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Mini pow-wow focuses on alcohol and pregnancy

NEWS RELEASE ANISHINABEK NATION ************************* Honouring Mothers Pow-wow to raise awareness for FASD THUNDER BAY (September 3, 2013) – The Aboriginal Fetal Alcohol Spectrum Disorder (FASD) Day Planning Committee will host its fifth a

NEWS RELEASE

ANISHINABEK NATION

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Honouring Mothers Pow-wow to raise awareness for FASD

THUNDER BAY (September 3, 2013) – The Aboriginal Fetal Alcohol Spectrum Disorder (FASD) Day Planning Committee will host its fifth annual  “Honouring Mothers Mini Pow‐wow” at Marina Park on September 9 in celebration of International FASD Day.

Anishinabek Nation Grand Council Chief Patrick Madahbee [shown] says that events are held annually around the world on this date to symbolize the nine months of pregnancy when a woman should abstain from alcohol.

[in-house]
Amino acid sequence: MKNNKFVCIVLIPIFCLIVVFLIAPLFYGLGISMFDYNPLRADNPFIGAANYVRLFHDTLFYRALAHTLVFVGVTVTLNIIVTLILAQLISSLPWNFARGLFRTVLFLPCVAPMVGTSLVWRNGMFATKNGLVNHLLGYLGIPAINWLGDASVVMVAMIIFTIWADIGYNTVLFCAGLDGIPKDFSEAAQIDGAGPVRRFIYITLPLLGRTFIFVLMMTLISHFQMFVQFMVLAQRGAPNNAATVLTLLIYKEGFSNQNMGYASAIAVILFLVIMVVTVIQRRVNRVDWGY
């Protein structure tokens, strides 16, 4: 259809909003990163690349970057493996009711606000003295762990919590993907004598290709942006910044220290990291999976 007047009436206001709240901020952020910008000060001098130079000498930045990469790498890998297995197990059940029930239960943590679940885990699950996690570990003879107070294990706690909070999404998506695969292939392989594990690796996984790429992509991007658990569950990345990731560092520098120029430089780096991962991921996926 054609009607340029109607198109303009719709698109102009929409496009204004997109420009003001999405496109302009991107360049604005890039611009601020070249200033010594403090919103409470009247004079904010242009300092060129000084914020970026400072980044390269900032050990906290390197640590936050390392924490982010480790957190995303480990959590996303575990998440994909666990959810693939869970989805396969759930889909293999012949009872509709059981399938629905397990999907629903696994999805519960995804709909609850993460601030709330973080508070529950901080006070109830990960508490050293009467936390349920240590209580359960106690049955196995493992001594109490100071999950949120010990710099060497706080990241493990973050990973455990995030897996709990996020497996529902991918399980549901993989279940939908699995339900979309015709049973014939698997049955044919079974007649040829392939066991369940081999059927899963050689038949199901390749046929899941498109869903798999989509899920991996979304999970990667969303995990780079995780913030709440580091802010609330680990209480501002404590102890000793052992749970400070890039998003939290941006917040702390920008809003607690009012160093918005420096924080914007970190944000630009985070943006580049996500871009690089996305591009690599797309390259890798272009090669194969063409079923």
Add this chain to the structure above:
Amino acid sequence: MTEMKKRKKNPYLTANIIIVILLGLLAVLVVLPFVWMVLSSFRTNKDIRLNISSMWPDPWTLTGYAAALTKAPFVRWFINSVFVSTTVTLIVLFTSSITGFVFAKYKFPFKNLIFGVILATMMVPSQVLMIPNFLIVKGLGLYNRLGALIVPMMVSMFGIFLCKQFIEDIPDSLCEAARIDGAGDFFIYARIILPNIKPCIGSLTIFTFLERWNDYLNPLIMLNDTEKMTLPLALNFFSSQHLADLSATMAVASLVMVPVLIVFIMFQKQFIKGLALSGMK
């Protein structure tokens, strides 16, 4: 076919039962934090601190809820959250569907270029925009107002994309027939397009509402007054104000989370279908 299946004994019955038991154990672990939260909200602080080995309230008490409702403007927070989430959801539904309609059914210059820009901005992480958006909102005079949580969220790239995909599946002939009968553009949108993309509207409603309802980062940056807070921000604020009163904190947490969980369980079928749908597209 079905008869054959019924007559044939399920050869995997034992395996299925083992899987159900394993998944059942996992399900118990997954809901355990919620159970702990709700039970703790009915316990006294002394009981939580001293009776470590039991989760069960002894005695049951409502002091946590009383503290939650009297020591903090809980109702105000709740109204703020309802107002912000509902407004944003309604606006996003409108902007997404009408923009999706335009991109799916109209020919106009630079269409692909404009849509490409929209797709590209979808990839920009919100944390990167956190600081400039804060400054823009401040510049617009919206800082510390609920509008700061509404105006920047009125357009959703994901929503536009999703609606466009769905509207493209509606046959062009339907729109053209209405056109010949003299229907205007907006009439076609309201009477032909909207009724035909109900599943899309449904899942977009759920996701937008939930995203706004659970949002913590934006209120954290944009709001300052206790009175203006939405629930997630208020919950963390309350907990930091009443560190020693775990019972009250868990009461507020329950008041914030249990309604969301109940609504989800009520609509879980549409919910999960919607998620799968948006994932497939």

“It’s that time of year again when our children and youth go back to school,” says Grand Council Chief Madahbee. "Unfortunately, too many of our kids will have difficulty functioning in school due to learning disabilities and other challenges caused by prenatal exposure to alcohol.”

Every year in Canada, it is estimated that one in 100 babies are born with FASD and Madahbee reiterated the importance of International FASD Awareness Day, September 9.

“This is an opportune time to support young people struggling with this disability and to help them reach their full potential,” says Madahbee. “It's also a time to deliver a strong, clear message that drinking alcohol while pregnant can lead to lifelong disabilities. My hope is that we can work together on raising awareness, and with prevention efforts such as the Honouring Mothers Mini Pow‐wow, we can make FASD history.”

The event will be held from 9 a.m. to 3 p.m. at Marina Park with Mayor Keith Hobbs speaking at 10:30.

Also featured will be the Water Rock Drum Group, dancers, other guest speakers and a Feast.

Everyone is welcome to attend.

Please come out and show your support for FASD Awareness Day.

The Anishinabek Nation established the Union of Ontario Indians as its secretariat in 1949.

The UOI is a political advocate for 39 member communities across Ontario, representing approximately 55,000 people.

The Union of Ontario Indians is the oldest political organization in Ontario and can trace its roots back to the Confederacy of Three Fires, which existed long before European contact.

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